1. The Guide to Advance Care Planning in NSW
2. An Advance Care Directive for NSW
3. The ‘NSW Appointment of Enduring Guardian’ form.

Click here to purchase a set of printed forms posted to you

We have also provided links below to the three documents in our Advance Care Planning Set that you can download for free, if you have access to a printer:

DWD NSW Guide to Advance Care Planning in NSW

NSW Advance Care Directive by Prof Cartwright

NSW Enduring Guardianship Tribunal Form and Information

NB: ‘The Appointment of Enduring Guardianship’ form is a statutory document provided by a branch of the NSW government. In NSW there is no prescribed Advance Care Directive. The Board of Dying with Dignity NSW has chosen an Advance Care Directive that they believe is a good balance between requirements. This form was created by Professor Colleen Cartwright (PhD (UQ), MPH (UQ), B Soc Wk (Hons) (UQ), ADA (Drama) (NRCAE), who was Foundation Professor of Aged Services and the Director of the Aged Services Unit at Southern Cross University), and is legally robust and widely endorsed by Australian health professionals.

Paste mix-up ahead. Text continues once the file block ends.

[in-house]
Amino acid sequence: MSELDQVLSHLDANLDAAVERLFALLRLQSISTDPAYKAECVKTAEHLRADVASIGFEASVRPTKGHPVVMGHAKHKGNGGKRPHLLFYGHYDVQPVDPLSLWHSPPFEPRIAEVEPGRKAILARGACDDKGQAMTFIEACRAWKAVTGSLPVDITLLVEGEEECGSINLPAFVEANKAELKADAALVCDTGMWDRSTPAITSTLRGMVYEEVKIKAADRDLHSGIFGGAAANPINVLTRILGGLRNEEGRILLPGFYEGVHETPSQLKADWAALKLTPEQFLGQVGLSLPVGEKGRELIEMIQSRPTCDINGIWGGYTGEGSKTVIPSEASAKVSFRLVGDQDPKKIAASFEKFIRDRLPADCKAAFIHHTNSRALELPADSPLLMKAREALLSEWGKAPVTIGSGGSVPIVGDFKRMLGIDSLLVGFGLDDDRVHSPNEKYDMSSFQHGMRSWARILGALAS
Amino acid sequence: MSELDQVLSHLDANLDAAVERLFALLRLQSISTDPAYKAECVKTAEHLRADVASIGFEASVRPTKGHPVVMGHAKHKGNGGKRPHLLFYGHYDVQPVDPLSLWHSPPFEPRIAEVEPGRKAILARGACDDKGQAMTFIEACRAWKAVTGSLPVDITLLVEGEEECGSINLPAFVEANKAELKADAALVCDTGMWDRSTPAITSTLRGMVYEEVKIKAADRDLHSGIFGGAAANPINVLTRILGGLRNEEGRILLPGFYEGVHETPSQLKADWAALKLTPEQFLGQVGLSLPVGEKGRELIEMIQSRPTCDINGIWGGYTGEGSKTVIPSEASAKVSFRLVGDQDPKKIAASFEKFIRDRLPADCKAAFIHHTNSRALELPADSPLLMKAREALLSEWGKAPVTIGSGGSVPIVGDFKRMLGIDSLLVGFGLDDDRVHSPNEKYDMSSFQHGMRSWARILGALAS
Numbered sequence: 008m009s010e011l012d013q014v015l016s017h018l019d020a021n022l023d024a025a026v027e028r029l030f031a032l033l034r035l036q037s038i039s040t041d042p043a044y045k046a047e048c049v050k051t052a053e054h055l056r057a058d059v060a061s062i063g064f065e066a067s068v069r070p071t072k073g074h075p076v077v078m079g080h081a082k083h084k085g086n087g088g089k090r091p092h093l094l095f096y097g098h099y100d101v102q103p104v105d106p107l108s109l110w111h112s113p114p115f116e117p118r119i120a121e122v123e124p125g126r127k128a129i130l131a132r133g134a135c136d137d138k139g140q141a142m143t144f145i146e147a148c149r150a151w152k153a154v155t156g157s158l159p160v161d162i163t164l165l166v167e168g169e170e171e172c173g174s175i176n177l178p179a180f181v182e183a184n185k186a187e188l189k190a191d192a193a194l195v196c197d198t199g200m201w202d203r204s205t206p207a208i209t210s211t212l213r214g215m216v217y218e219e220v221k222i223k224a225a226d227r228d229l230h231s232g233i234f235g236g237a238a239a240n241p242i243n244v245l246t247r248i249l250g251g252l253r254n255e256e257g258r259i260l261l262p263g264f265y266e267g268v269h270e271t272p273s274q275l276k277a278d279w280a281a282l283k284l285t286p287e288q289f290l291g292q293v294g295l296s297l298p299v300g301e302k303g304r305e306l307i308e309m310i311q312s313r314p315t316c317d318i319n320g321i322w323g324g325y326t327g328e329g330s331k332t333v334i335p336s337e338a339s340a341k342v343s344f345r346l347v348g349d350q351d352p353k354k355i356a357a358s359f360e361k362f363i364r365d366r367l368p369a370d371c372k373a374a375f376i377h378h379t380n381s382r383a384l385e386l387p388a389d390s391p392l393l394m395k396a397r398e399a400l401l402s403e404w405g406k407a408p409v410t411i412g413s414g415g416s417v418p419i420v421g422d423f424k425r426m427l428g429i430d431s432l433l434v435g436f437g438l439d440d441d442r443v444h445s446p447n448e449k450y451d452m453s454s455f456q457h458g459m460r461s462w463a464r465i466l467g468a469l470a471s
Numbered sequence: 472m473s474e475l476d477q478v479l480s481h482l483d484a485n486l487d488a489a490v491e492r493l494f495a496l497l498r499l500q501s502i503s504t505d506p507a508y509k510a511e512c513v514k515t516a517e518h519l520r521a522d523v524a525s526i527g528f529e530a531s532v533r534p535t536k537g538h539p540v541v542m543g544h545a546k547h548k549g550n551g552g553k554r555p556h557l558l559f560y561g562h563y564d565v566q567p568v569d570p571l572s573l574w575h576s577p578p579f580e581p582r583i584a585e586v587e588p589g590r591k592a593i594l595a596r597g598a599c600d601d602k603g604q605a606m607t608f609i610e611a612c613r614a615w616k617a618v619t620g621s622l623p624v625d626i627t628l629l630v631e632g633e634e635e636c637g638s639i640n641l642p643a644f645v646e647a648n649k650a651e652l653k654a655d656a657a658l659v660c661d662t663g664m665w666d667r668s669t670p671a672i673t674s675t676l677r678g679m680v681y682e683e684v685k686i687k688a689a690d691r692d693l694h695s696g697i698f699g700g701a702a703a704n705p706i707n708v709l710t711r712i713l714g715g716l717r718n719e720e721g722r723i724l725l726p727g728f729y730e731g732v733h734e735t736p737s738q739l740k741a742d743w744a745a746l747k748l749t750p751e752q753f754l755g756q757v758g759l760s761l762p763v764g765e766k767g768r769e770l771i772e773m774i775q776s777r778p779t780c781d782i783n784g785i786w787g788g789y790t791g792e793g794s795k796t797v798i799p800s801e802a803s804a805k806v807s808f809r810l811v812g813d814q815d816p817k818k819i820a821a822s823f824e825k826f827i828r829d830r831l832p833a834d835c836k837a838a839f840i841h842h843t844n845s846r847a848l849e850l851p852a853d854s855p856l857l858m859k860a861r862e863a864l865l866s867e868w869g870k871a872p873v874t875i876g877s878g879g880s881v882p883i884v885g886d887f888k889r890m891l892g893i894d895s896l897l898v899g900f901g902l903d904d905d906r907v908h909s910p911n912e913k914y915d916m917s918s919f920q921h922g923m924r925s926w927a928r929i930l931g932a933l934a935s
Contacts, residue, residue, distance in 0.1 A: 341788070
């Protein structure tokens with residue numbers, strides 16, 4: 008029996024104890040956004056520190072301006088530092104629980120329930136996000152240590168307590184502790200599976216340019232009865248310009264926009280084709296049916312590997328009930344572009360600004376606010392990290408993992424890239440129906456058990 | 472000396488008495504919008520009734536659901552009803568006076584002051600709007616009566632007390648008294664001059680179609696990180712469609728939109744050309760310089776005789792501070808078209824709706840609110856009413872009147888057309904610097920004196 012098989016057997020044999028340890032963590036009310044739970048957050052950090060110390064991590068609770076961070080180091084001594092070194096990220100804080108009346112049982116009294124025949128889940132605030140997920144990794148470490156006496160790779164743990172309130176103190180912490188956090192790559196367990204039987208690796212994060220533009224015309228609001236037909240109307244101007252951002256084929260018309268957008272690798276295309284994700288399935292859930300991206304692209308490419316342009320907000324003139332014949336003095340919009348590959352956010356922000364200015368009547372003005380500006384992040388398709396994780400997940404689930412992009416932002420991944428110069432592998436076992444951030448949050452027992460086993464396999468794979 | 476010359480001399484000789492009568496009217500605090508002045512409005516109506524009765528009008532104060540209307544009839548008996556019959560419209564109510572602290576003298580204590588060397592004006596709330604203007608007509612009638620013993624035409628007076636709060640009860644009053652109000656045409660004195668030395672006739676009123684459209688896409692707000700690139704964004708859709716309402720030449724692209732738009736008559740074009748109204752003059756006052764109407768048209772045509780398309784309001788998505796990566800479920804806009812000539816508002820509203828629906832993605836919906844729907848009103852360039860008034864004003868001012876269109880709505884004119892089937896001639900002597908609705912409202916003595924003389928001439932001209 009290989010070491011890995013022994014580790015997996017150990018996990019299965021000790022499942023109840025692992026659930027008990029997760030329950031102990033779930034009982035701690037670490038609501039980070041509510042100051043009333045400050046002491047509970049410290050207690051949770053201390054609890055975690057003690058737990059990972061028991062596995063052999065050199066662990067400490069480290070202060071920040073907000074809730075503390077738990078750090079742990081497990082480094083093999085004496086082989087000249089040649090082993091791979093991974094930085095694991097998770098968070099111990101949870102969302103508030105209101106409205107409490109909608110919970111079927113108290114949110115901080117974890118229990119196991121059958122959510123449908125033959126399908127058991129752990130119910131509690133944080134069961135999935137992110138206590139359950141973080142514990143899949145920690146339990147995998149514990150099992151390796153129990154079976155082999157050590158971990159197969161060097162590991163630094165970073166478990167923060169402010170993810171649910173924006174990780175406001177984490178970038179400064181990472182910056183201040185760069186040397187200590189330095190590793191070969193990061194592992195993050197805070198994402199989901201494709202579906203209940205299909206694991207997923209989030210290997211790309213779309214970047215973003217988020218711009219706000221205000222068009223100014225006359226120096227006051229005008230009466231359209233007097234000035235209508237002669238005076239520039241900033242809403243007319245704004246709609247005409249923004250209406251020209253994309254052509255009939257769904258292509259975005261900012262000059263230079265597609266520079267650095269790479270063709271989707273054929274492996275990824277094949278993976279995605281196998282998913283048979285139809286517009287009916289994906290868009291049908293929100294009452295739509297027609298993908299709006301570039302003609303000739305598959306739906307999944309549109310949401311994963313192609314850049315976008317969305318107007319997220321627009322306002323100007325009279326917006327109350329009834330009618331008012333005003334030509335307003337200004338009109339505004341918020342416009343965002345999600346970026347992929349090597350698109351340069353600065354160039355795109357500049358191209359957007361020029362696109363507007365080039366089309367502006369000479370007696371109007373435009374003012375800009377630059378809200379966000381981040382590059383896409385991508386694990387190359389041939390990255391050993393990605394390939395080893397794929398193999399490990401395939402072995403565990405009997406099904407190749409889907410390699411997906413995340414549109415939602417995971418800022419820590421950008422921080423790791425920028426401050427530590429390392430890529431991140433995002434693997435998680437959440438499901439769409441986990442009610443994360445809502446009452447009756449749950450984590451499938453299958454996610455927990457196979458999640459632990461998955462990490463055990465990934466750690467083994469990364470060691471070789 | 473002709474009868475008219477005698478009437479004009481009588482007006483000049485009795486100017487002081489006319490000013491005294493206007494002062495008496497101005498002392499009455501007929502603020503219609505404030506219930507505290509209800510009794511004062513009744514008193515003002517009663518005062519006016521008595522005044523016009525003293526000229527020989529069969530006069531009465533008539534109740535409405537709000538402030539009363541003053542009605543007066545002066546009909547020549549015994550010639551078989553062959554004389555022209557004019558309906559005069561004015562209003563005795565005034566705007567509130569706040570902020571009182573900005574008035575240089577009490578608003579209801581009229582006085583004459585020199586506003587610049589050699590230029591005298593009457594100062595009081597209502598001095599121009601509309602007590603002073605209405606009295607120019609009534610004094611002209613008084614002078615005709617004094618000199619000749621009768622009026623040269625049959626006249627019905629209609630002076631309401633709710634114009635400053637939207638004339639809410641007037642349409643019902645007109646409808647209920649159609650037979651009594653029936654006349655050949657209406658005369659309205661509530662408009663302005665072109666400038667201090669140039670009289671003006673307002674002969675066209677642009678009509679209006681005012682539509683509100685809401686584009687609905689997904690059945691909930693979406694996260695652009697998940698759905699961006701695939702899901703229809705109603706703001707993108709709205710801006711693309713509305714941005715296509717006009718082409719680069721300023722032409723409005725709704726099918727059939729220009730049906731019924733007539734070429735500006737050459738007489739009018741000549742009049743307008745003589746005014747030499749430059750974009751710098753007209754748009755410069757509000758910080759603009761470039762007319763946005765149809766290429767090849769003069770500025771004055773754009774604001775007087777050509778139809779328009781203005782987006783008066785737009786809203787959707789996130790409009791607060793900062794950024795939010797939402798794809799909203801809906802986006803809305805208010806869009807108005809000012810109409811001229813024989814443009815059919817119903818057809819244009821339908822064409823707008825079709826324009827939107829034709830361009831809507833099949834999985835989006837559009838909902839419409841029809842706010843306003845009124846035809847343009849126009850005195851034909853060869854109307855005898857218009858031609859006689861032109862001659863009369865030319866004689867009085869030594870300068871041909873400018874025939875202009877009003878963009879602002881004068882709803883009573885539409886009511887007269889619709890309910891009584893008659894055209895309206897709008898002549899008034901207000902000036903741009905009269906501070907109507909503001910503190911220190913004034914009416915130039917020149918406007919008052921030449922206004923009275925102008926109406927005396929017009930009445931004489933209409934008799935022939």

Is an Advance Care Plan legally binding?

The nomination of an Enduring Guardian is legally binding under The NSW Guardianship Act 1987. Conversely, NSW does not have a specific statute governing Advance Care Directives, but they are legally binding under common law (as confirmed by NSW Supreme Court in 2009), provided the person is mentally competent at the time of completing their directive and it has been made free from coercion.

The legally binding effect of an Advance Care Directive is confined to refusals of treatment. A demand or request in an Advance Care Directive for a particular form of treatment does not mean the health care provider is legally obliged to provide it. However, but it may be considered as indicating your consent to the treatment. In addition, the preferences you make in your Advance Care Directive are likely to be taken into account by anyone concerned with promoting your best interests at a time when you are unable to speak for yourself.

Please be aware that Advance Care Planning does not enable you to access treatments which are against the law at the time and place of your treatment. Voluntary Assisted Dying is currently against the law throughout Australia, but Dying with Dignity NSW hopes that this will not always be the case.

What if I want more information about Advance Care Planning?

Dying with Dignity NSW has compiled a list of resources to enable you to get more information about Advance Care Planning (if you wish).

See the reference list on page 7 and 8 of our DWD NSW Guide to Advance Care Planning in NSW

There are also two relevant websites which have been set up since the Guide was produced:

If you would like to purchase a set of advance care planning forms simply click the button below. Please note that all new members automatically receive a set of forms. Click to go to page to buy Advance care planning forms

Click to go back to ‘Your rights’ webpage.